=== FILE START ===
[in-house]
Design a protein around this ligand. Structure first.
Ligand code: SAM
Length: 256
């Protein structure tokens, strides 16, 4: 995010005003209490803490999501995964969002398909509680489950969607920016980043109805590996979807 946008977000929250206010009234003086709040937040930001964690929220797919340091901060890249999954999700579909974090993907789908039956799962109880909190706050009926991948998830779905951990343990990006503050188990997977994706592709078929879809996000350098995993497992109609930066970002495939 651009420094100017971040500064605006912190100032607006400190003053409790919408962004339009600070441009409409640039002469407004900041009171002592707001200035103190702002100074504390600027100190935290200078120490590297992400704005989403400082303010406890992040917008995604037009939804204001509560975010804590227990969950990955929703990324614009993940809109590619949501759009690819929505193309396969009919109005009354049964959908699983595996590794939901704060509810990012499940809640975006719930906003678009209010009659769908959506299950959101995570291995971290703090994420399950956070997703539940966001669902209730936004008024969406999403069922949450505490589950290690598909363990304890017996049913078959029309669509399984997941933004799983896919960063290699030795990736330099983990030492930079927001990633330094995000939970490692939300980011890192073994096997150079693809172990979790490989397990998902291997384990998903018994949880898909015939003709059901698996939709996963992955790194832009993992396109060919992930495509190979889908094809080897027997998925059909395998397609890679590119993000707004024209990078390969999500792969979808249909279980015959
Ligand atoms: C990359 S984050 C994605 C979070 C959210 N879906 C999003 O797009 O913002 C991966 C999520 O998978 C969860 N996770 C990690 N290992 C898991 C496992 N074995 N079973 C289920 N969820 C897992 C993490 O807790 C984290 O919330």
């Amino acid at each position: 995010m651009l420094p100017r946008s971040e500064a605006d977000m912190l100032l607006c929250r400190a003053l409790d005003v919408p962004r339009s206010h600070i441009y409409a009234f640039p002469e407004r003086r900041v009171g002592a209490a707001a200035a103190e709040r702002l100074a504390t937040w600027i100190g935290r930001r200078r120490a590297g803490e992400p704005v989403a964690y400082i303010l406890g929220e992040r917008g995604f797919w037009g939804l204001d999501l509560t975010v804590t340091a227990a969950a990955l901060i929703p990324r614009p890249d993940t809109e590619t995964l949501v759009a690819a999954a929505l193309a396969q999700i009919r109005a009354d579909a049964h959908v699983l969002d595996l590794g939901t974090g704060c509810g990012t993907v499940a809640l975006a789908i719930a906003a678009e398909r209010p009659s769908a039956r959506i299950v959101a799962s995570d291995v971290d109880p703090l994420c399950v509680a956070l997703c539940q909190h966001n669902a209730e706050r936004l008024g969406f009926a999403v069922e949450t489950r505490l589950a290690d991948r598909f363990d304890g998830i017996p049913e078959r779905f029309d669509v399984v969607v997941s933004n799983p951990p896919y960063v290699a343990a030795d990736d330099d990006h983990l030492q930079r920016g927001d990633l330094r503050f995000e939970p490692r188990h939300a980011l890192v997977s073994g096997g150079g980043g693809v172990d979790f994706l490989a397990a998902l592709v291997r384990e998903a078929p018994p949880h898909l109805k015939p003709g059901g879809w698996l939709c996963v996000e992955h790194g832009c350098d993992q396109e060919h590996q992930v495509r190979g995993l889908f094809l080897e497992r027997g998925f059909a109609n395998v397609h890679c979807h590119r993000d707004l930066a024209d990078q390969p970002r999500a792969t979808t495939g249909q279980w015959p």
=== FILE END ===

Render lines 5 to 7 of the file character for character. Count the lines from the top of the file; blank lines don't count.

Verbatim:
């Protein structure tokens, strides 16, 4: 995010005003209490803490999501995964969002398909509680489950969607920016980043109805590996979807 946008977000929250206010009234003086709040937040930001964690929220797919340091901060890249999954999700579909974090993907789908039956799962109880909190706050009926991948998830779905951990343990990006503050188990997977994706592709078929879809996000350098995993497992109609930066970002495939 651009420094100017971040500064605006912190100032607006400190003053409790919408962004339009600070441009409409640039002469407004900041009171002592707001200035103190702002100074504390600027100190935290200078120490590297992400704005989403400082303010406890992040917008995604037009939804204001509560975010804590227990969950990955929703990324614009993940809109590619949501759009690819929505193309396969009919109005009354049964959908699983595996590794939901704060509810990012499940809640975006719930906003678009209010009659769908959506299950959101995570291995971290703090994420399950956070997703539940966001669902209730936004008024969406999403069922949450505490589950290690598909363990304890017996049913078959029309669509399984997941933004799983896919960063290699030795990736330099983990030492930079927001990633330094995000939970490692939300980011890192073994096997150079693809172990979790490989397990998902291997384990998903018994949880898909015939003709059901698996939709996963992955790194832009993992396109060919992930495509190979889908094809080897027997998925059909395998397609890679590119993000707004024209990078390969999500792969979808249909279980015959
Ligand atoms: C990359 S984050 C994605 C979070 C959210 N879906 C999003 O797009 O913002 C991966 C999520 O998978 C969860 N996770 C990690 N290992 C898991 C496992 N074995 N079973 C289920 N969820 C897992 C993490 O807790 C984290 O919330």
């Amino acid at each position: 995010m651009l420094p100017r946008s971040e500064a605006d977000m912190l100032l607006c929250r400190a003053l409790d005003v919408p962004r339009s206010h600070i441009y409409a009234f640039p002469e407004r003086r900041v009171g002592a209490a707001a200035a103190e709040r702002l100074a504390t937040w600027i100190g935290r930001r200078r120490a590297g803490e992400p704005v989403a964690y400082i303010l406890g929220e992040r917008g995604f797919w037009g939804l204001d999501l509560t975010v804590t340091a227990a969950a990955l901060i929703p990324r614009p890249d993940t809109e590619t995964l949501v759009a690819a999954a929505l193309a396969q999700i009919r109005a009354d579909a049964h959908v699983l969002d595996l590794g939901t974090g704060c509810g990012t993907v499940a809640l975006a789908i719930a906003a678009e398909r209010p009659s769908a039956r959506i299950v959101a799962s995570d291995v971290d109880p703090l994420c399950v509680a956070l997703c539940q909190h966001n669902a209730e706050r936004l008024g969406f009926a999403v069922e949450t489950r505490l589950a290690d991948r598909f363990d304890g998830i017996p049913e078959r779905f029309d669509v399984v969607v997941s933004n799983p951990p896919y960063v290699a343990a030795d990736d330099d990006h983990l030492q930079r920016g927001d990633l330094r503050f995000e939970p490692r188990h939300a980011l890192v997977s073994g096997g150079g980043g693809v172990d979790f994706l490989a397990a998902l592709v291997r384990e998903a078929p018994p949880h898909l109805k015939p003709g059901g879809w698996l939709c996963v996000e992955h790194g832009c350098d993992q396109e060919h590996q992930v495509r190979g995993l889908f094809l080897e497992r027997g998925f059909a109609n395998v397609h890679c979807h590119r993000d707004l930066a024209d990078q390969p970002r999500a792969t979808t495939g249909q279980w015959p």